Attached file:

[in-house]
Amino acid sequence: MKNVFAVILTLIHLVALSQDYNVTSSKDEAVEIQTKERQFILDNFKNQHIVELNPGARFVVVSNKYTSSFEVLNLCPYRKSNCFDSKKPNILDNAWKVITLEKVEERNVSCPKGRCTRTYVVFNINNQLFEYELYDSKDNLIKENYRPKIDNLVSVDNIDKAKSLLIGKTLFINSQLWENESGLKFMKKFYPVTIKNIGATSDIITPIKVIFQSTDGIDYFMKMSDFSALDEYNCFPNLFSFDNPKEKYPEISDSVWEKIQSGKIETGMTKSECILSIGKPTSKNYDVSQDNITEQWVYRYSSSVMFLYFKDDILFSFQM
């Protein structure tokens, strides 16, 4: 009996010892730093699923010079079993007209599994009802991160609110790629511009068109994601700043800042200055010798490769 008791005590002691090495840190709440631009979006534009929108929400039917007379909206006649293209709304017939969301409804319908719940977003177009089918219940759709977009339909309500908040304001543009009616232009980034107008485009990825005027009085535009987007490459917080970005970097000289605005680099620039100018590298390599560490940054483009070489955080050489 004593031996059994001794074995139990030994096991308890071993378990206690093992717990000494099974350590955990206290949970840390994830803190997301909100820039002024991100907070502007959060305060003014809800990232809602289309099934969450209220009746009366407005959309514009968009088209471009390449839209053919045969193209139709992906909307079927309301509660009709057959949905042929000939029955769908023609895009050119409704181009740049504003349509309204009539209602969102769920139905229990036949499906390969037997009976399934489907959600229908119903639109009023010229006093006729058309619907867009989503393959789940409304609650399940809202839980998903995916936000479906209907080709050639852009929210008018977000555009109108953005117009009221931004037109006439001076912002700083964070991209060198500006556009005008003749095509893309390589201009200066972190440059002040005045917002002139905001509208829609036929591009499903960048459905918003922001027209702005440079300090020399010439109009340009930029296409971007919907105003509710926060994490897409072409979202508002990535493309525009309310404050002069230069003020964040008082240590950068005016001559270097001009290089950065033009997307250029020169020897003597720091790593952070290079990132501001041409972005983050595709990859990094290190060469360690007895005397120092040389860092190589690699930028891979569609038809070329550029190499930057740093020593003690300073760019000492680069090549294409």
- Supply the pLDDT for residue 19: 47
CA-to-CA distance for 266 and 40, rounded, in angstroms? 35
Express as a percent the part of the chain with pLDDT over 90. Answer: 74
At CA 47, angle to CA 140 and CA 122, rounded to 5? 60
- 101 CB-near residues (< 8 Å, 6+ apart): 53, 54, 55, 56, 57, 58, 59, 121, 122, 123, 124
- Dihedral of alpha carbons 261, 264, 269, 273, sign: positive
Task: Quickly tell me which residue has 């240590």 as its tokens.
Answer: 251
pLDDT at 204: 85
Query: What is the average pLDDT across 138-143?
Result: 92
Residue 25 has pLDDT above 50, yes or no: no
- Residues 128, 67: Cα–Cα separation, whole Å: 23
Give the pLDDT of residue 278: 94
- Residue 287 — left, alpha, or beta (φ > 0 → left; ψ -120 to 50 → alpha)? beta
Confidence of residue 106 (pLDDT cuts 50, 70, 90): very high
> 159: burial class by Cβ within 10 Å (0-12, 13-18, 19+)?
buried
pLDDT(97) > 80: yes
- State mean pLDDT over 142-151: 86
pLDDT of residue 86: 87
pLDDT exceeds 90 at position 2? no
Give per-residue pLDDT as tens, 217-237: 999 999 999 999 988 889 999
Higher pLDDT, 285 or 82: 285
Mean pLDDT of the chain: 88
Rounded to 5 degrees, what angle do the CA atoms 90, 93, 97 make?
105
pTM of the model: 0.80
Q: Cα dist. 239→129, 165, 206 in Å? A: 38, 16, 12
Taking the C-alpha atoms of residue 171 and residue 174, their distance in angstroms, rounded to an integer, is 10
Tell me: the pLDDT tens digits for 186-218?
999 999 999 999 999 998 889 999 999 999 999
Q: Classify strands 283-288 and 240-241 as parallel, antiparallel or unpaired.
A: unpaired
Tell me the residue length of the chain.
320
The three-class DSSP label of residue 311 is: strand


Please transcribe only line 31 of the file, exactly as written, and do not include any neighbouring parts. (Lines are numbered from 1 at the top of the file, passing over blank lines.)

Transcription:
pTM of the model: 0.80